False Claims Act
Fighting for Whistleblowers Who Report Frauds against the GovernmentThe False Claims Act is the government’s primary fraud fighting tool. It empowers and rewards whistleblowers who file lawsuits on behalf of the government to recover taxpayer dollars that were lost due to fraud. These types of claims target, for example:
- Medical providers who falsely billed government funded healthcare programs like Medicare and Medicaid, including billing for services that were not provided, medically unnecessary services, or services that resulted from illegal kickbacks
- Drug and medical device makers who falsely marketed products paid for by government funded healthcare programs or who paid kickbacks
- Government contractors who falsely billed the government for faulty or nonexistent goods or work, or who engaged in bid rigging, or who violated other promises such as agreements to pay prevailing wages or hire disabled workers
- Contractors who violated environmental rules while carrying out their government contracts
- Financial firms that misrepresented the quality and value of their financial products to get government guarantees
- Big banks and others who misinformed the government about payments they owe to the government
- Importers who falsifed the nature of their goods to avoid customs duties
Some states allow qui tam cases about tax violations. Please see our description of tax whistleblower programs for a discussion of those claims.
Kirby McInerney fights for whistleblowers with knowledge of frauds committed against the government. We have extensive experience in these cases: we have partnered with government investigators on cases where the government has intervened, and we have successfully pursued strong cases where the government has declined them. Our team brings together extensive government and anti-fraud litigation experience to represent whistleblowers in recovering monies ripped off from the federal, state and local governments.
Kirby McInerney’s False Claims Act Practice
About the False Claims Act
Who Can Be a False Claims Act Whistleblower?The key to being a whistleblower is having non-public information about fraud committed against the government. There are few limitations on who can be a whistleblower, though persons who come forward with high quality, timely information are more likely to receive an award at the end of the case. You should consult with experienced whistleblower counsel to examine whether you have a whistleblower claim and what it will mean to you to be a whistleblower.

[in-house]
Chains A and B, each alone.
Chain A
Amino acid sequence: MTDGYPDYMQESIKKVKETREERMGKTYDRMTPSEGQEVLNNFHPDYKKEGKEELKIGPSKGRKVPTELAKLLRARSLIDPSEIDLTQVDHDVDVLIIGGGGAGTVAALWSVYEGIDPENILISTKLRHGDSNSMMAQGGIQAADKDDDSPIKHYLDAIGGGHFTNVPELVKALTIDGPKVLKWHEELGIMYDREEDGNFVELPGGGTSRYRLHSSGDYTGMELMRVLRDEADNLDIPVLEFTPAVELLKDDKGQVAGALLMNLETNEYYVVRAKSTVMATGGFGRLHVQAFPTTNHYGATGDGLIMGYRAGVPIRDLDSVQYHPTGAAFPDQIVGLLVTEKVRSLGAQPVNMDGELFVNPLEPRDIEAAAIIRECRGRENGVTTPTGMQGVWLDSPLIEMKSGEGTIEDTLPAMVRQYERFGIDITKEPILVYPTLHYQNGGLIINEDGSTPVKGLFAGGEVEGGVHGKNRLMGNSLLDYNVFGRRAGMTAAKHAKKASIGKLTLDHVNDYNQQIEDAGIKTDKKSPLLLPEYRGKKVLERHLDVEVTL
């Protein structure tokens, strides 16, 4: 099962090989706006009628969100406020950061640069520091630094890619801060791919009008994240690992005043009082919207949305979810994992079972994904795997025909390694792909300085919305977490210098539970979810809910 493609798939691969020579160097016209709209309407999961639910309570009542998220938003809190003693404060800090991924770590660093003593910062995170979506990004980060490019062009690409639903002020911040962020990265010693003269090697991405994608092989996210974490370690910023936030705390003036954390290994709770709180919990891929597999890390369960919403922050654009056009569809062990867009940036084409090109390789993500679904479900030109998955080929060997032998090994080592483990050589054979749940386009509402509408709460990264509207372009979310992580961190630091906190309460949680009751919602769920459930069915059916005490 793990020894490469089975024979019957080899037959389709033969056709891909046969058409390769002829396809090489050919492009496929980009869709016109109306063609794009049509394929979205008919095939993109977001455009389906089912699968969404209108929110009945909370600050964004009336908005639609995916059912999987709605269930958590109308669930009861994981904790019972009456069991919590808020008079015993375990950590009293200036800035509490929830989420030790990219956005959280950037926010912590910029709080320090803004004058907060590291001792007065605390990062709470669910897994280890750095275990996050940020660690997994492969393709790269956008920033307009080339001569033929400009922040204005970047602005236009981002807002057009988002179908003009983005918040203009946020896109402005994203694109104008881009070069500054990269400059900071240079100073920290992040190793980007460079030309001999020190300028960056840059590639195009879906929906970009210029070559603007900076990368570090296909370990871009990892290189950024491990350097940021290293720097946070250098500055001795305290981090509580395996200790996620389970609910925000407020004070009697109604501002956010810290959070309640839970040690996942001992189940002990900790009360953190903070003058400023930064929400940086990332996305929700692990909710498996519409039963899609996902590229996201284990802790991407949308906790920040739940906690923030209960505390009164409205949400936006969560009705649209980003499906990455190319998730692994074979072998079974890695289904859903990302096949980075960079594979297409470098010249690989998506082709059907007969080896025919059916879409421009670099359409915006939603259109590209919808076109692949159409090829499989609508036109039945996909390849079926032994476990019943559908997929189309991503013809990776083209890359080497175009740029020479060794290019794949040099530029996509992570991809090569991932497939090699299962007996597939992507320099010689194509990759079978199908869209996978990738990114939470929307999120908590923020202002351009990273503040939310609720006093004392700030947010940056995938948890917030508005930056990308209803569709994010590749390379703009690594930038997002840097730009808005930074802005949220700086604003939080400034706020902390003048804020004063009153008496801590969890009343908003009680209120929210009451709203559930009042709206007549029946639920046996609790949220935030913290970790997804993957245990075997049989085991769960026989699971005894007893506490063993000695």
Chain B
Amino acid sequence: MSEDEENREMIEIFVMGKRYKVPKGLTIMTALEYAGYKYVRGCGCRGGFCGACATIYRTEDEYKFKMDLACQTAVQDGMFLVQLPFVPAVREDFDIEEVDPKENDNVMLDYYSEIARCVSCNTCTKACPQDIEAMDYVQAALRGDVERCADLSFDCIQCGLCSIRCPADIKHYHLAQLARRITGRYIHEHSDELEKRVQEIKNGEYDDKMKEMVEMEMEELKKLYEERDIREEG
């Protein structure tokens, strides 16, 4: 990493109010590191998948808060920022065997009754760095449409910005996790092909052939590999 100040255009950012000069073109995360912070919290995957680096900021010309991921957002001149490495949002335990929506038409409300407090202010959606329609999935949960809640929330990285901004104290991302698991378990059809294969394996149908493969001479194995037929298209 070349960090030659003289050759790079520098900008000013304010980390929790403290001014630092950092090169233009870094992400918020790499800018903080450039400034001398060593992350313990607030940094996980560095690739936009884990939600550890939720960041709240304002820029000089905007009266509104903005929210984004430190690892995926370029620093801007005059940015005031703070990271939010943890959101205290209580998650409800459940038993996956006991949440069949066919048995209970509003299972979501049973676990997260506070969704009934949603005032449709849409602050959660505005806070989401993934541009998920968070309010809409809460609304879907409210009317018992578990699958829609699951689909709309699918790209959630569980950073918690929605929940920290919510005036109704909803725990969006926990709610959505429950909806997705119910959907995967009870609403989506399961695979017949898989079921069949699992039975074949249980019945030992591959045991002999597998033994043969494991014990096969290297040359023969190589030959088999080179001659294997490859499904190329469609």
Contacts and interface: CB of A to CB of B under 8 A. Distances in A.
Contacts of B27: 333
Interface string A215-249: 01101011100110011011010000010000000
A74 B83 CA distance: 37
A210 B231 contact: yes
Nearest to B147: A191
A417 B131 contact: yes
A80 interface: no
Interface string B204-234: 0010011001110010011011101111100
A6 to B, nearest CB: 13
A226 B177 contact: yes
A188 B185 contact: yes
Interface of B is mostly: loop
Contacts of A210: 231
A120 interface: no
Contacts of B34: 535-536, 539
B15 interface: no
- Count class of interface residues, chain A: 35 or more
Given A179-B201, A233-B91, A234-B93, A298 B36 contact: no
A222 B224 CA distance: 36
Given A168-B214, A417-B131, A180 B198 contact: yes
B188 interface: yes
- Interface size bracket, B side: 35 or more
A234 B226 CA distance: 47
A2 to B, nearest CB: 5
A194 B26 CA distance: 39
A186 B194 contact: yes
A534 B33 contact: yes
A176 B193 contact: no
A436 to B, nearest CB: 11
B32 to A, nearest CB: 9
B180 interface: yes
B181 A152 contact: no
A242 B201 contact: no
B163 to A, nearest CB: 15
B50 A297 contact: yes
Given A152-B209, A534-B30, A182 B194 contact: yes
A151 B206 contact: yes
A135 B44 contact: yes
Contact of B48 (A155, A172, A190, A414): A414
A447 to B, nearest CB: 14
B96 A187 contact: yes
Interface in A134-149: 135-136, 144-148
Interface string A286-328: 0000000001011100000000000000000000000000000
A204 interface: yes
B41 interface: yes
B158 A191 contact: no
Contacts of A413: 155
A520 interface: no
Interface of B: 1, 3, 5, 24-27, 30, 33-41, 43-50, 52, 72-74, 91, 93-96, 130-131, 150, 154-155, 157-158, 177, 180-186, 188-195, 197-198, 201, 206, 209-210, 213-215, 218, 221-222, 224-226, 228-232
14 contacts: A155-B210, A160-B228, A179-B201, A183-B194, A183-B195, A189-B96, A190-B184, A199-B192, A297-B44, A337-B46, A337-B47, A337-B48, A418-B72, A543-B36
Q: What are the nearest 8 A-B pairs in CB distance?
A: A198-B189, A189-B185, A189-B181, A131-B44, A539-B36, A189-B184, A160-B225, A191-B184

A successful whistleblower generally is entitled to an award of between 15% and 30% of the government’s monetary recovery in a False Claims Act case. Where the government intervenes in (or, takes over) the case, the awards are between 15% and 25%. Where the government declines the case and the whistleblower continues with it and achieves a recovery, the awards are between 25% and 30%. The percentages differ under some state False Claims Acts.
Whistleblower Awards under the False Claims Act
A False Claims Act case begins with the filing of a lawsuit on behalf of the government. Unlike a traditional lawsuit, the complaint is not served upon the defendant, but upon the government, and it is initially kept confidential. The government can then investigate the claims and decide whether to take over the claims or decline them. At the start of the case, the whistleblower must also provide the government investigators with any evidence he or she has related to the claims. Particularly, where a whistleblower has substantial information about the inner workings of the defendant, he or she can provide invaluable assistance to the government in pursuing the claims.
How to Bring a False Claims Act Case
Most False Claims Act violations fit within two general categories that differ based on the direction in which money flows. “Direct false claims” involve false claims that were submitted to the government to get the government to pay for items or services. “Reverse false claims” involve payments required to be made to the government.
How to Prove a False Claims Act Violation
Proving a direct false claim violation typically requires demonstrating that a claim was made for payment by the government (such as by an invoice to a government agency), the claim was knowingly false, and the falsity was material to the government.
Proving a reverse false claim violation typically requires demonstrating that the defendant made records or statements that were knowingly false and were material to an obligation to pay money or property to the government.